The bottom line in business is to make money. In advertising, the goal is to communicate with as many people as possible. If that communication has to be in Spanish or any other language, I understand the motivation.

My questions are about where the bottom line is for speaking English in the United States.

To be a teacher in public education, are you disqualified if you aren't bilingual? To be in the armed forces, must you speak English? To become a U.S. citizen, must you be proficient in the English language? To work in public safety, as police officer, paramedic, emergency responder or emergency room employee, should you be bilingual or have someone around that is? Should a noncitizen on a visa be able to replace a U.S. citizen in a job in this country? Should a noncitizen qualify for public assistance?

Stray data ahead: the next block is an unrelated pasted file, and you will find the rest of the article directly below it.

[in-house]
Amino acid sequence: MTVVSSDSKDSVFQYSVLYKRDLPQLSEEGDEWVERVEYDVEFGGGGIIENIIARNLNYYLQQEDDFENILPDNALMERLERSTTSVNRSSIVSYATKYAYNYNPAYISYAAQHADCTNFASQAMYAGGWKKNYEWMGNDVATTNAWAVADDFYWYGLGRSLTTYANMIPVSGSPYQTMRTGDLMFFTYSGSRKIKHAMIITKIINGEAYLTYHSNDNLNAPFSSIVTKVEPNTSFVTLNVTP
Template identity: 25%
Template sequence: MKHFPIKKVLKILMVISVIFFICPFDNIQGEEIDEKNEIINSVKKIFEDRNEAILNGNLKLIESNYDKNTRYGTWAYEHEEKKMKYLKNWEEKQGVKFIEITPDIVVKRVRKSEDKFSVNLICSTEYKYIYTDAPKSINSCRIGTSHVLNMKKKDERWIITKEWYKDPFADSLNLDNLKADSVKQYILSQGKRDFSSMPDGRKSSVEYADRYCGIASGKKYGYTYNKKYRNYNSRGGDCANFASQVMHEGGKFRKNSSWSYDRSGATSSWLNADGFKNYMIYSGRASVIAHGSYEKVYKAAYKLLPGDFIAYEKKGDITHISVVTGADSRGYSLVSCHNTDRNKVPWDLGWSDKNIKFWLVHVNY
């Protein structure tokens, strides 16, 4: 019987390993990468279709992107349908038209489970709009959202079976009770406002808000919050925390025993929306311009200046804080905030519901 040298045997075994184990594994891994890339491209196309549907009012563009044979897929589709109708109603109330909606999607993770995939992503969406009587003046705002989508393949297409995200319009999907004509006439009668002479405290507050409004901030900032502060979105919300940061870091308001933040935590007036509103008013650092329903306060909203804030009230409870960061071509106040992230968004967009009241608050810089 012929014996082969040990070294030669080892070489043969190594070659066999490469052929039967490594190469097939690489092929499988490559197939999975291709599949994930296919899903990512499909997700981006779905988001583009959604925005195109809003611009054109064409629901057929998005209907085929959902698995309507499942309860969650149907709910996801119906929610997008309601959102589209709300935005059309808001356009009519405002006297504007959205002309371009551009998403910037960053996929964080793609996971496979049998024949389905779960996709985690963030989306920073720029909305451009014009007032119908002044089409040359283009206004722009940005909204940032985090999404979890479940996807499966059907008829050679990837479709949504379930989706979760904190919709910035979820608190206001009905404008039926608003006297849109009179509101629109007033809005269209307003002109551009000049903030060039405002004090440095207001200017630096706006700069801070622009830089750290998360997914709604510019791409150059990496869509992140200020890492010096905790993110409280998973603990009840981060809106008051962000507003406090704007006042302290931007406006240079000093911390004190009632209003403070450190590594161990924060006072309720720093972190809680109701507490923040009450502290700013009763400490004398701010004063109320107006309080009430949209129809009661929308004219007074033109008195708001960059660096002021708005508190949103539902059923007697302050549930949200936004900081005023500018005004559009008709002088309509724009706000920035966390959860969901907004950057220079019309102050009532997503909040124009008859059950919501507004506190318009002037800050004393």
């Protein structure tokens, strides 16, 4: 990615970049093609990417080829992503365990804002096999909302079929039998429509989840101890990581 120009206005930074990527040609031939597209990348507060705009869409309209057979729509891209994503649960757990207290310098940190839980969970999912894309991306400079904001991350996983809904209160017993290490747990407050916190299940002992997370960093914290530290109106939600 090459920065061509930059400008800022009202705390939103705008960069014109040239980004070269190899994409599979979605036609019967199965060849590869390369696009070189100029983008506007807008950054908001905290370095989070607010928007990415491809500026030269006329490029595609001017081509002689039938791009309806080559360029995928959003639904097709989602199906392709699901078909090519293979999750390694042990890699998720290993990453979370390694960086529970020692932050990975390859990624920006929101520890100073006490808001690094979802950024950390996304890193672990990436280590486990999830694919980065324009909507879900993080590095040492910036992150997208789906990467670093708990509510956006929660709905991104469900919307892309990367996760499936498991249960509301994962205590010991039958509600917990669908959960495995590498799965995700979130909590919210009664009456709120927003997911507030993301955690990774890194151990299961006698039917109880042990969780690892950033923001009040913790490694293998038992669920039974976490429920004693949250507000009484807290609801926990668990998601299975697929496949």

There are countries that don't speak one language, such as Canada and Belgium, which is fine. If we are to be a bilingual country, so be it. If we are an English-speaking country, so be it. If we open our arms to noncitizens, so be it.

Let's just get it straight one way or another.

David Carnell